Here’s Why Mike Pence Won’t Attend Trump’s Departure Ceremony
Breaking with tradition, Donald Trump will not attend President-elect Joe Biden’s inauguration on Wednesday, January 20, 2021. Instead, USA Today reports that he’ll head to Florida shortly before the ceremony begins.
Rather than participating in the typical peaceful transfer of power, Trump will hold his own departure ceremony at Joint Base Andrews in Maryland on Wednesday morning. Trump’s event will be held right before he leaves the nation’s capitol and Biden is sworn in as the 46th president of the United States, according to Business Insider. But a key member of the Trump administration will be absent: Vice President Mike Pence.
On Tuesday afternoon, Washington Post reporter Josh Dawsey tweeted that White House officials had stated Pence wouldn’t attend Trump’s departure ceremony. “He is attending the inauguration later in the day, and aides say it would be logistically challenging for the vice president to do both,” Dawsey reported.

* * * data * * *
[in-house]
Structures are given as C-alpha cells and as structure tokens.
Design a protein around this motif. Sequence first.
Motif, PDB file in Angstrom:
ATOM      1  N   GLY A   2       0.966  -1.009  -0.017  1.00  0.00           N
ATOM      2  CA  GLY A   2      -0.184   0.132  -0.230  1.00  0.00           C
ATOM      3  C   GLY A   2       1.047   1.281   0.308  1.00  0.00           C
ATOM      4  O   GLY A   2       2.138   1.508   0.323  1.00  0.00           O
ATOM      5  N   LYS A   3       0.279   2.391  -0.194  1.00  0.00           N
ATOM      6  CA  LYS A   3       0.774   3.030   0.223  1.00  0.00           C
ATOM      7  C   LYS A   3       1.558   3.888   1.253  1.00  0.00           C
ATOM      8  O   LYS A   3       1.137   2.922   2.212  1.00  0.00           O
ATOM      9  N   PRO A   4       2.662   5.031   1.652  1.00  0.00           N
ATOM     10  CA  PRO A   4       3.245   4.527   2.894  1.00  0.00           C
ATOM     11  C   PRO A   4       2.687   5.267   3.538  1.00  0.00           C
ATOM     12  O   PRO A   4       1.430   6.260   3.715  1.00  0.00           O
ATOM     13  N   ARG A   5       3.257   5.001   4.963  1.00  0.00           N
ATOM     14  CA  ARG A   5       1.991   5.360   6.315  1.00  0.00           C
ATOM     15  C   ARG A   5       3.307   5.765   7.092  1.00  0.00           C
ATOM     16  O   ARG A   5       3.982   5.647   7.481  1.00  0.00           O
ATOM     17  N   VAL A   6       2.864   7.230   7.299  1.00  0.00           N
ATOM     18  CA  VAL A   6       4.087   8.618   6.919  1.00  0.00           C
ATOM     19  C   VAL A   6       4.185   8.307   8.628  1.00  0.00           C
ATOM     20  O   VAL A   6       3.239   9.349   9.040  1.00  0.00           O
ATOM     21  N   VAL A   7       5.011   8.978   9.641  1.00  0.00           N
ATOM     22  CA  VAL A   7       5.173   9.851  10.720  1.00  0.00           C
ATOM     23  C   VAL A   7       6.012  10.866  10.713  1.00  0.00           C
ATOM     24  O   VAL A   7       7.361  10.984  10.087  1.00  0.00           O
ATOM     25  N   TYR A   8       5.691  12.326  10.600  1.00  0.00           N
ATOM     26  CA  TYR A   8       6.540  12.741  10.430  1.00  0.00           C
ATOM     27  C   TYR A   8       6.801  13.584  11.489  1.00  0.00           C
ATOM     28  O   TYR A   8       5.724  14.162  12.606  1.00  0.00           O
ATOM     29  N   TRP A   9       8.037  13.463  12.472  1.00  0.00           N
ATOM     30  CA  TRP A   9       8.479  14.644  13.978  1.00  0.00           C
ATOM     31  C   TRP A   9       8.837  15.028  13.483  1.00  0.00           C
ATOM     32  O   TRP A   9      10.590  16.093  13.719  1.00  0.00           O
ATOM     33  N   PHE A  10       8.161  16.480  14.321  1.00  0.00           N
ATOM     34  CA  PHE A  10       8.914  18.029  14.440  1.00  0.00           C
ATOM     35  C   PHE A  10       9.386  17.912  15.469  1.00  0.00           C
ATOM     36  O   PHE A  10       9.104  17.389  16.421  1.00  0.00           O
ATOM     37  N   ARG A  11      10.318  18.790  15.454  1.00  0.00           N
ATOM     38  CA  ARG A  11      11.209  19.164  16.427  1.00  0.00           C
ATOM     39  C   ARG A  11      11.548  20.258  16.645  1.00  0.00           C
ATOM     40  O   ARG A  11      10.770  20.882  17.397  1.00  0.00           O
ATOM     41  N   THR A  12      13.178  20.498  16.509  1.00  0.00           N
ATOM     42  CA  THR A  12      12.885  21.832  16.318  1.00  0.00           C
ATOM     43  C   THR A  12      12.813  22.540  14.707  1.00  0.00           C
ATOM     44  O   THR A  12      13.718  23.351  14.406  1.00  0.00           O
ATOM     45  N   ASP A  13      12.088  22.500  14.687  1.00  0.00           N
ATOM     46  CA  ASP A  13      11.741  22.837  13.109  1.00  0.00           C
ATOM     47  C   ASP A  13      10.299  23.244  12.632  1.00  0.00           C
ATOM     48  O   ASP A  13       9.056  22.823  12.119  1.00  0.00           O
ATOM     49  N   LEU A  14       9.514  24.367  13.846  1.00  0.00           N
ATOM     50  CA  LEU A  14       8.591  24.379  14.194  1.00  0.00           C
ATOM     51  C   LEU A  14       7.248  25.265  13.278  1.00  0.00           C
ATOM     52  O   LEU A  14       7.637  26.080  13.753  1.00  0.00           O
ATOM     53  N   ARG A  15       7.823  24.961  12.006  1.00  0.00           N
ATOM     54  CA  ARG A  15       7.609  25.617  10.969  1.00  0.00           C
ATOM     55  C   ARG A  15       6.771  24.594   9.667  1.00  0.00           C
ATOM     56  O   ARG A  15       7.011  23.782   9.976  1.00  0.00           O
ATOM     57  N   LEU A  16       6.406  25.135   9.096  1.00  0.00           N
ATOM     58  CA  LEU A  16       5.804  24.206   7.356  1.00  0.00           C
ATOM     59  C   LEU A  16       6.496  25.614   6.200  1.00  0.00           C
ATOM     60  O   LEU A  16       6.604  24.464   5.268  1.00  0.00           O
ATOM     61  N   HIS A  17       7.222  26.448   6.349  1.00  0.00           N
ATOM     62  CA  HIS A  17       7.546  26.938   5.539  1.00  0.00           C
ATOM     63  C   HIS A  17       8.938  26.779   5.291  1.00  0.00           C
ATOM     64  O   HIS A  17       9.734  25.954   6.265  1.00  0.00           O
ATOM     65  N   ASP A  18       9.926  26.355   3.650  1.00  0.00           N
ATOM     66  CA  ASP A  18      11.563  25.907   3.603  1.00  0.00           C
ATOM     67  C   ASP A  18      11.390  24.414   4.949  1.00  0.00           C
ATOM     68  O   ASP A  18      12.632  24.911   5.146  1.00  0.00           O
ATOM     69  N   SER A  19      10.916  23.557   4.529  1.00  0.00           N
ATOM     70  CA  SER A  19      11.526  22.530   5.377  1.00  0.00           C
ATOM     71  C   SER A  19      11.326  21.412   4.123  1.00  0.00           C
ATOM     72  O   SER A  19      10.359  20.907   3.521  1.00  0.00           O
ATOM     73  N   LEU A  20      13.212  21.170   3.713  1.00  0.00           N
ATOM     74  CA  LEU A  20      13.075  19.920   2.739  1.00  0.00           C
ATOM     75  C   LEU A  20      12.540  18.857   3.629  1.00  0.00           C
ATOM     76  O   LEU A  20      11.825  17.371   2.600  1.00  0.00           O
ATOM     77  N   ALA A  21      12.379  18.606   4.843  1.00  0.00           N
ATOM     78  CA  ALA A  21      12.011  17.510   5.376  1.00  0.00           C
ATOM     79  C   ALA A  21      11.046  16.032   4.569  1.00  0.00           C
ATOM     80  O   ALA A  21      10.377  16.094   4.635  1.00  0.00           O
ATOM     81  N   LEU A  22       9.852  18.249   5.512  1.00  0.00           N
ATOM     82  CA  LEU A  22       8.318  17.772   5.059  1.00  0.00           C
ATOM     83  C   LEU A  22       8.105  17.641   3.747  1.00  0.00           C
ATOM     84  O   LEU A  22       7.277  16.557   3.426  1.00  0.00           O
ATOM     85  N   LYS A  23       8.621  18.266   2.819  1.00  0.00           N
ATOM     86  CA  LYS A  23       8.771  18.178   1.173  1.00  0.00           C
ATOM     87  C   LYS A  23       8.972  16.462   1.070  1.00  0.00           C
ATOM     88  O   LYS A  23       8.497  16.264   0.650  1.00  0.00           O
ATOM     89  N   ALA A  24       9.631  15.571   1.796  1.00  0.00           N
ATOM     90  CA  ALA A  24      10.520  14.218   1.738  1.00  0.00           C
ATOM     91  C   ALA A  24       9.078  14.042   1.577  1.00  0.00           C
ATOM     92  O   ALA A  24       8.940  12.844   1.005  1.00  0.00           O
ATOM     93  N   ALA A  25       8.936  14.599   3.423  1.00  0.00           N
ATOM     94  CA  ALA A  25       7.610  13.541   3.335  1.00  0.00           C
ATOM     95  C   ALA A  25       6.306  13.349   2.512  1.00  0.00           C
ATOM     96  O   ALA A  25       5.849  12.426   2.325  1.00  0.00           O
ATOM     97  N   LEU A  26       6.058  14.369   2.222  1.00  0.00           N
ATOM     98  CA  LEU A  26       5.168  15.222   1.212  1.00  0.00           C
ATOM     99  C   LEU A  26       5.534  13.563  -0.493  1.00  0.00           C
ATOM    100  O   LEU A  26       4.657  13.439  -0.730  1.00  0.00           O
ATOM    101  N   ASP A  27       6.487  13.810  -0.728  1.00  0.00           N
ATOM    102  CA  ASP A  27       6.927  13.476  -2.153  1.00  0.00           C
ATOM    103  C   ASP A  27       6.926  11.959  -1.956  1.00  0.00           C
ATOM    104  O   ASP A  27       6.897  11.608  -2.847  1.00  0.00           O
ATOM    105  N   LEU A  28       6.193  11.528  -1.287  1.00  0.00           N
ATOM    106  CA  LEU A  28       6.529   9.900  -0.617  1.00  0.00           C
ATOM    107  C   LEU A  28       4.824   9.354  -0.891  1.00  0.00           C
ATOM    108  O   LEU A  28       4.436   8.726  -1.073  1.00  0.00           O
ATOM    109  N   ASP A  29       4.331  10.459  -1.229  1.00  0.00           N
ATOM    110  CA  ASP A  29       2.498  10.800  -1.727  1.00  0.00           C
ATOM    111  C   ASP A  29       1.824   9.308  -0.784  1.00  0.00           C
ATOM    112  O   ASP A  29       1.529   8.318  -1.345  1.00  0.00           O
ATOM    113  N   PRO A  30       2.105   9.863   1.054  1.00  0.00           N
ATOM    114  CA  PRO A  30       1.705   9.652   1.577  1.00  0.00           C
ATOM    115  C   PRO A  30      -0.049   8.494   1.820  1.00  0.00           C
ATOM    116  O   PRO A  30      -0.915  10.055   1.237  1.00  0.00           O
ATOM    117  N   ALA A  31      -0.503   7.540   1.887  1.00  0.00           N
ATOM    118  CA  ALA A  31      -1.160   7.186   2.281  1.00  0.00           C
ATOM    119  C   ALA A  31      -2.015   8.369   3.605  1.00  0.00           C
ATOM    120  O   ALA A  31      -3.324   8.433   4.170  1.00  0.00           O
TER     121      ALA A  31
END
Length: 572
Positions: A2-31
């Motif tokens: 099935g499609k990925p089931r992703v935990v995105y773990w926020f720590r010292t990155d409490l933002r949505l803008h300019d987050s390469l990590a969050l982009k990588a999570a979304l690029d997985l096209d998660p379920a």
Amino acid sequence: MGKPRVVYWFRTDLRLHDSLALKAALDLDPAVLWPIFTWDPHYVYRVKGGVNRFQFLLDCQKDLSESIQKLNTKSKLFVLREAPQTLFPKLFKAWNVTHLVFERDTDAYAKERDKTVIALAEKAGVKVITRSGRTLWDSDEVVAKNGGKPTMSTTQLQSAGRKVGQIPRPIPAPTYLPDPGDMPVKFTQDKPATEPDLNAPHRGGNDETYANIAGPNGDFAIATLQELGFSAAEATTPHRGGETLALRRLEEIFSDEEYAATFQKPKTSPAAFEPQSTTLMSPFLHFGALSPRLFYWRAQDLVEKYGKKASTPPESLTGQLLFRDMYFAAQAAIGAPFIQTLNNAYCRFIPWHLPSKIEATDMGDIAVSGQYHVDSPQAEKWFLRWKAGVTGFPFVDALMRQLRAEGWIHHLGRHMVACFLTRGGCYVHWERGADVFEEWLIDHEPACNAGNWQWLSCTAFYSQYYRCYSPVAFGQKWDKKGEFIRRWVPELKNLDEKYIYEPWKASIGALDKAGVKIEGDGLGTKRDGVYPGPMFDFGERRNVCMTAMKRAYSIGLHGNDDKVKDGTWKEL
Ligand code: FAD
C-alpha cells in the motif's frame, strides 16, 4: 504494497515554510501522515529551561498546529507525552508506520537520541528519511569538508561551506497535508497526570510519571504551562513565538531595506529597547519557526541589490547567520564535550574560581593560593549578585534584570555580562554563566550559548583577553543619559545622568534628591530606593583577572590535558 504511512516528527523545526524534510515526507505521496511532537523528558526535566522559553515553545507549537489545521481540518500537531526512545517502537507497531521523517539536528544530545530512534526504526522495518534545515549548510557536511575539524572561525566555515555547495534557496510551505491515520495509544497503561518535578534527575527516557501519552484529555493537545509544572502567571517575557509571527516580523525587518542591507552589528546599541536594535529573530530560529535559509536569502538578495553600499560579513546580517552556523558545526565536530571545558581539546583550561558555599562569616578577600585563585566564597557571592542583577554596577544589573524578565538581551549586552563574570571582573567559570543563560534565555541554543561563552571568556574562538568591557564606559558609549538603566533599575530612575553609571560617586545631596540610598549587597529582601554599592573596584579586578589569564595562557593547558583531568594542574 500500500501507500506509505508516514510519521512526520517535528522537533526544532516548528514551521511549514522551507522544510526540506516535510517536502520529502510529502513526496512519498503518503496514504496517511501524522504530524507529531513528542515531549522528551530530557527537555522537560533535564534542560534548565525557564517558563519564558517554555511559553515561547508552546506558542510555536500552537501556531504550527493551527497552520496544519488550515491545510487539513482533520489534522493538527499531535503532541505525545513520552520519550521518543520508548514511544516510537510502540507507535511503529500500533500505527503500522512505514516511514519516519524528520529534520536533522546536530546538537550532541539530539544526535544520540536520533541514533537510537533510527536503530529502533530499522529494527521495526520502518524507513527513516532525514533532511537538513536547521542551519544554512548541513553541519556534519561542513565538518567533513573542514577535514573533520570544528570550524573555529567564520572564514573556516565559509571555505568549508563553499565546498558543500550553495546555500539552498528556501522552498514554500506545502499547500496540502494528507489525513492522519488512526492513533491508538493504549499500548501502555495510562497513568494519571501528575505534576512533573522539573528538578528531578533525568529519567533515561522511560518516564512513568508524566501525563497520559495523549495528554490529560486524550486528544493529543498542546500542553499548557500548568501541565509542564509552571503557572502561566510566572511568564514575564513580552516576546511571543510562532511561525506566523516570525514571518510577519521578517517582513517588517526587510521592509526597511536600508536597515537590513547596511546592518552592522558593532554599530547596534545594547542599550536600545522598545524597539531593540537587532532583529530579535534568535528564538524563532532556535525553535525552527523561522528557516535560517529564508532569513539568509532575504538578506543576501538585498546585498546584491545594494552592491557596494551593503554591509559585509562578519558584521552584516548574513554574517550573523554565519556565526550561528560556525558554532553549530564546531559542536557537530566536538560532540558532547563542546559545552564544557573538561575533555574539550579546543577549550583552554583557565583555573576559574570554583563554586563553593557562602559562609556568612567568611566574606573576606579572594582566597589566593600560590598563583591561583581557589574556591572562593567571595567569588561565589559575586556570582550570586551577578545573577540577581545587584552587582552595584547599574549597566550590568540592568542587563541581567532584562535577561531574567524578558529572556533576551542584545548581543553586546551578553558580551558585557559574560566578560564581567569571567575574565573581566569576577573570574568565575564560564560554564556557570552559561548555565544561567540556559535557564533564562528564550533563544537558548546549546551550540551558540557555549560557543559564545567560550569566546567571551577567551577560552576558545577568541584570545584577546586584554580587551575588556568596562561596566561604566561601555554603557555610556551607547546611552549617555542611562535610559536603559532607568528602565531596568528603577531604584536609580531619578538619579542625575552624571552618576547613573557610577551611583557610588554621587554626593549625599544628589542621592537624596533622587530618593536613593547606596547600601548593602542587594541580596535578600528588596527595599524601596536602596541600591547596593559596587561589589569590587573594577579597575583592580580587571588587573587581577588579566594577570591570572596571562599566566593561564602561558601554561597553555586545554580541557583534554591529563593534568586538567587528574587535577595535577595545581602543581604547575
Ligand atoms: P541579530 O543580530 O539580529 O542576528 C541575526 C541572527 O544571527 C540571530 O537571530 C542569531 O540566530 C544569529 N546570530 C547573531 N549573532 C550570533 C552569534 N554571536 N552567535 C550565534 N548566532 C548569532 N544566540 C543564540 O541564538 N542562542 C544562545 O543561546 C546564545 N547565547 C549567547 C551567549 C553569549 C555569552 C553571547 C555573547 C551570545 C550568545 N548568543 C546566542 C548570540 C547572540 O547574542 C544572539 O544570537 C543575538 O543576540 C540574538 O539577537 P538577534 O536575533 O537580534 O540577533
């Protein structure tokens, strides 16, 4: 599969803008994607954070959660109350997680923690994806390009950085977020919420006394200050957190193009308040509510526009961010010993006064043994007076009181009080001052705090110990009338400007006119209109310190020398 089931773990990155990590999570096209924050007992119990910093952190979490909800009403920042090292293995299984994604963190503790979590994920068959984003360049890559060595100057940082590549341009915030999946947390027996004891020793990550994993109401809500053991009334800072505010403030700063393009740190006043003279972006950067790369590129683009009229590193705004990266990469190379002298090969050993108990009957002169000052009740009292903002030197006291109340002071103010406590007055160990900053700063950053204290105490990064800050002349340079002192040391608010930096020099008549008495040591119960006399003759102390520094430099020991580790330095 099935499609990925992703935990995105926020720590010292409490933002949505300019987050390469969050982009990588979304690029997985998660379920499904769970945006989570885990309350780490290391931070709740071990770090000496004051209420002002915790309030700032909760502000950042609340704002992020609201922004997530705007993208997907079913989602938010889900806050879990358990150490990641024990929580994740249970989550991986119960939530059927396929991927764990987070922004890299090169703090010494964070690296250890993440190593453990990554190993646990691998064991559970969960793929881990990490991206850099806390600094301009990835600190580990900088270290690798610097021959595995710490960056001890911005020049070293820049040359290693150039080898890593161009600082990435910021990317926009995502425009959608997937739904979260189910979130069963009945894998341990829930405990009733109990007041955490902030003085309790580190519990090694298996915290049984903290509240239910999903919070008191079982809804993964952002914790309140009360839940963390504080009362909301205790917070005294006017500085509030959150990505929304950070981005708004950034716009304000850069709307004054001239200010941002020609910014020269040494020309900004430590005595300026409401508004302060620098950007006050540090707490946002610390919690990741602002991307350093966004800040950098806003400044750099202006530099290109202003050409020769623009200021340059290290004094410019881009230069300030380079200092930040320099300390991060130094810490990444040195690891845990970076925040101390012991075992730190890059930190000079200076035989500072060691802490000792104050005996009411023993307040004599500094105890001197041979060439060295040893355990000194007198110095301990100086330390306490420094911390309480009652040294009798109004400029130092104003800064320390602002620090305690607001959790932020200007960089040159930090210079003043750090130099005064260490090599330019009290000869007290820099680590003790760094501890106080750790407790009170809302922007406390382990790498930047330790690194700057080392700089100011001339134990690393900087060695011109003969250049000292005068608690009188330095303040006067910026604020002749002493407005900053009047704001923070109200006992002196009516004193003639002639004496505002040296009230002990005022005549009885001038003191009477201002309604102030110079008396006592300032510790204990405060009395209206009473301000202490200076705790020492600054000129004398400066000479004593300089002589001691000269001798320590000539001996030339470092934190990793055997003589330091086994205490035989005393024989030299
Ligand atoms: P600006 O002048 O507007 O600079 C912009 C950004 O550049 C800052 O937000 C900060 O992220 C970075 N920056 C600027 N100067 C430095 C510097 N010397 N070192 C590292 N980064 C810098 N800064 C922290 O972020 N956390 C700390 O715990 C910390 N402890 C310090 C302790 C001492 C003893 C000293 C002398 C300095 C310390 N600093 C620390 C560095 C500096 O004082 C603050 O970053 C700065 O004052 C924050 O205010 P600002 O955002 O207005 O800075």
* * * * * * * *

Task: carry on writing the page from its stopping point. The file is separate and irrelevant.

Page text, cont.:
Mitch McConnell and Kevin McCarthy, the top Republicans in the Senate and House, are also skipping Trump’s farewell, according to Business Insider.
Pence and Trump's relationship has rapidly deteriorated in recent weeks
Pence stood by Trump through four years of a tumultuous presidency, but the relationship between the two has rapidly deteriorated.
The breaking point came when Trump asked Pence, who was in charge of affirming the electoral vote count on January 6, to overturn the results (via The New York Times) — something that is not within Pence’s power. On the morning of the official count, Trump held a rally during which he harshly criticized Pence for not carrying out his command.
Shortly thereafter, insurgents stormed the Capitol. The Times reported that the vice president was evacuated to safety and Trump took to Twitter where he continued to excoriate Pence.
In the days after the deadly attack on the Capitol, the two men didn’t speak and, according to USA Today, Pence announced that he planned to attend Biden’s inauguration. He also contacted Vice )resident-elect Kamala Harris for the first time since the election to congratulate her.
For many, Pence’s refusal to follow Trump’s demand that he break the law was far too little, too late. “[I]t’s kind of hard to call somebody courageous for choosing not to help overthrow our democratic system of government,” Rep. Tom Malinowski told the Times. “He’s got to understand that the man he’s been working for and defending loyally is almost single-handedly responsible for creating a movement in this country” that has violent intentions against Pence.
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